Even as his body lay still in the hospital, Gentry's mind raced.
"I was questioning everything," he says now. "Whether I would ever walk again, whether I would ever play football again, whether I would ever be able to feel my body again. Would I ever be a father? Would I ever be a husband? When you can't move anything, all you have time for is just questions."
The doctors told him he had fractured his fourth cervical vertebra, literally broken his neck. You can see that break in the black and white of the X-ray. The predictable but crushing news: He probably would never walk again.
Coleman, meanwhile, was experiencing his own form of paralysis.
"I'm responsible for it, and it's a lot of guilt," he explained. "I play the game hard, but I've never played the game to physically hurt somebody in that manner. I contemplated so many different things, whether I even wanted to play football."
For two weeks, Coleman couldn't bring himself to go to the hospital. But after Gentry had undergone two surgeries to stabilize his spinal column, Coleman finally summoned the courage for their second-ever face-to-face meeting. Nervous, he brought a friend for moral support.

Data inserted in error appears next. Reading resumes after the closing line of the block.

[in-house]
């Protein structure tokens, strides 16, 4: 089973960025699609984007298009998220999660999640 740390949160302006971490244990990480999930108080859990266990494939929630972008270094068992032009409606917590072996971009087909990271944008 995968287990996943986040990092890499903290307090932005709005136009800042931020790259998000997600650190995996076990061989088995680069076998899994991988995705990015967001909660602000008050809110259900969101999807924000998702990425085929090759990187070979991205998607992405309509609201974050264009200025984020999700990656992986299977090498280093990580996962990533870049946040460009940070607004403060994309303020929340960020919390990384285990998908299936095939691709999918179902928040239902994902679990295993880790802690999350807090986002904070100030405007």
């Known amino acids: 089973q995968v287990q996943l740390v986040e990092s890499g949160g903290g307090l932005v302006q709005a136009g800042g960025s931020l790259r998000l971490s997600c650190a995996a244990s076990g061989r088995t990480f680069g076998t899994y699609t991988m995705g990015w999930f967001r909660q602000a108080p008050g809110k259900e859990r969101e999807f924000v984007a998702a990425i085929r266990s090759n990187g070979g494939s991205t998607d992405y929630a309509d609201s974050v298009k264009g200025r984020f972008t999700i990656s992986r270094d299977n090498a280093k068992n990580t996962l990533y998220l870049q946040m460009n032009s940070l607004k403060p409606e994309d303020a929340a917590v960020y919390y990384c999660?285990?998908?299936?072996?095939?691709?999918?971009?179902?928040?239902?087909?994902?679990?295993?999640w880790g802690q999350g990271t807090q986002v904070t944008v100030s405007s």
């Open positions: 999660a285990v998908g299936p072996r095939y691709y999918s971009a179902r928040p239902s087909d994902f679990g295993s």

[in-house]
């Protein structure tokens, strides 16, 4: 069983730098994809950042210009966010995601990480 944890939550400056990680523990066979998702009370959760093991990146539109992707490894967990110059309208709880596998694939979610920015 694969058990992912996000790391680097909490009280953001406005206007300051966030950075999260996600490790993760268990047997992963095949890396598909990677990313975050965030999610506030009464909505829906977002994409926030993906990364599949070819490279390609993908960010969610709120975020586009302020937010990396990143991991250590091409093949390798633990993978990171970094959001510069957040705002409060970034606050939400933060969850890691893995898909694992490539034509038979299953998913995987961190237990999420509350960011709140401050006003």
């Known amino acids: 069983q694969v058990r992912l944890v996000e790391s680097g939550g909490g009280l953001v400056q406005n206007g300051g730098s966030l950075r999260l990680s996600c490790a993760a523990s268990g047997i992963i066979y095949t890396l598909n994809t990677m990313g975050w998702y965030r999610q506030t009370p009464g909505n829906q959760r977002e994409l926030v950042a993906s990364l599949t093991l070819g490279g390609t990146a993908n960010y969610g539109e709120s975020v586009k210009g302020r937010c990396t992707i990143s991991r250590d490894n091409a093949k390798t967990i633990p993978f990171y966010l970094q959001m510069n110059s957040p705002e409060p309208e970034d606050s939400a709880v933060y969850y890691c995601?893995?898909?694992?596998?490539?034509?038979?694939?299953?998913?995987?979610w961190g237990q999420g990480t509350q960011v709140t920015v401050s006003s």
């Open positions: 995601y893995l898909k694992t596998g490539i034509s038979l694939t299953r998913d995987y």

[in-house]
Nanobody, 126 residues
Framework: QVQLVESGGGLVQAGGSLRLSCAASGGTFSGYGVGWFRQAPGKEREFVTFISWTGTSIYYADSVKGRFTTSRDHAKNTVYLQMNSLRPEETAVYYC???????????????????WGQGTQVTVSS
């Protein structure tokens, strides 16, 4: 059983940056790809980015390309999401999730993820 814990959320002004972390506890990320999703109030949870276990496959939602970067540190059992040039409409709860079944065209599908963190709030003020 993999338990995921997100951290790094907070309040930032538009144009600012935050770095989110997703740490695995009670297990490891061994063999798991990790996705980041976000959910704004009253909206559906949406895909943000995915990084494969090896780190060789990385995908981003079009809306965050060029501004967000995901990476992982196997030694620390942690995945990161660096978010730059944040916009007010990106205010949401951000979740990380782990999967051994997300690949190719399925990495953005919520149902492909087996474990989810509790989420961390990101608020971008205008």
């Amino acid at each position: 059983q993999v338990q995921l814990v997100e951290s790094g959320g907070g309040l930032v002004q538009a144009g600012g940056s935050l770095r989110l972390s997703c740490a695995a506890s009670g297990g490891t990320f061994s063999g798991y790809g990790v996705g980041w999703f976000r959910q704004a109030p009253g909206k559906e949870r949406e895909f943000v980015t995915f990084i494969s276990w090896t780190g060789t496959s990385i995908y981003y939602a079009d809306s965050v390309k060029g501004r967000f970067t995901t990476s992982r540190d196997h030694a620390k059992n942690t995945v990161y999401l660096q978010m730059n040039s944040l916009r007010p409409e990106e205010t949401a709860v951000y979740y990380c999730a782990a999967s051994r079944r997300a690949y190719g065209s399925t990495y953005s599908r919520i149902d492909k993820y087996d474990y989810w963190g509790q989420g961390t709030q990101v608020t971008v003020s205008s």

"I'm sorry for everything that you've gone through," Coleman told Gentry.
"I could see it in his eyes that he was sorry," Gentry says.
"I was hoping that it was just something temporary, maybe a stinger or whatever. But I could not feel or move a thing below my neck. My body just disappeared." Tyson Gentry
As Coleman remembers it, Gentry quickly reassured him that it wasn't his fault.
"Those words just kind of changed my perspective," Coleman says. "He gave me the comfortability knowing that he's going to fight this, he's going to battle whatever he has to go on, and that I can live with myself for having to be the person that inflicted the pain.